The government of Indonesia will relax next year its ban on partially processed minerals exports, including copper, nickel, zinc and bauxite ore order to prop up its economy.
According to the country’s mining minister Sudirman Said, the review of the metal exports rule is part of a wider revision of the 2009 mining law that led to the export edicts and other regulations, Reuters reports.
Indonesia imposed the polemic ban on metal ore exports in early 2014, in an attempt to improve returns on resources shipped out of the country by developing smelters that would add value to resources and create jobs.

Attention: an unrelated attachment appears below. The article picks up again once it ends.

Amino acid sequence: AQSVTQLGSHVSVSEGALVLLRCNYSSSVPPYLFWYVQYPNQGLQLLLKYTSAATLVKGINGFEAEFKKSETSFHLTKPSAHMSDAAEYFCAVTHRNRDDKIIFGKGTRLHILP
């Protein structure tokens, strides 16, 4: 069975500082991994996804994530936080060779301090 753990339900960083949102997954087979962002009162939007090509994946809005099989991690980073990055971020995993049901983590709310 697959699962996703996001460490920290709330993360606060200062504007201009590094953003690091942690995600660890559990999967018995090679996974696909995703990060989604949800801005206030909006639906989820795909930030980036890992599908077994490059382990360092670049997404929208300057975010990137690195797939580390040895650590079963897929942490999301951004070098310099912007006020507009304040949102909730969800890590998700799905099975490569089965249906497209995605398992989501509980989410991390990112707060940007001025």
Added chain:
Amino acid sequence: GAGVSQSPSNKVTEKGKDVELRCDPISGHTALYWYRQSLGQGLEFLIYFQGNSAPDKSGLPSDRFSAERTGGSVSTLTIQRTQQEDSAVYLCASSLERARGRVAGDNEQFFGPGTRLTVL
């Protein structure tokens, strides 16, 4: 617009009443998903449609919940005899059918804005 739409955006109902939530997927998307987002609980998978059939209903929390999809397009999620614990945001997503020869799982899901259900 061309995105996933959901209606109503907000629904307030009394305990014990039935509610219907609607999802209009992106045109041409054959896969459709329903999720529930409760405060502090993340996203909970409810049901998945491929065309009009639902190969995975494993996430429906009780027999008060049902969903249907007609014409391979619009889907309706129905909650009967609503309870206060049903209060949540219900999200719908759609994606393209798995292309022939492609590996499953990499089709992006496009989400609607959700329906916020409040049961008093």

But the curbs cost billions of dollars in lost revenue to the nation, which is southeast Asia’s largest economy and — at the time — a top nickel ore exporter and a major supplier of bauxite.
The ban has also been a bone of contention between the government and companies operating in the country, which include Phoenix-based Freeport-McMoRan Copper & Gold (NYSE:FCX) who operates the world’s fourth largest copper mine at Grasberg in the West Papua province, and Denver’s Newmont Mining Corp. (NYSE:NEM). Together the two U.S. miners account for 97% of Indonesia’s copper exports.
The withdrawal of the ban would be a serious setback for these companies, as they were forced — against their will and existing contracts — to comply with the regulation and to develop smelting facilities.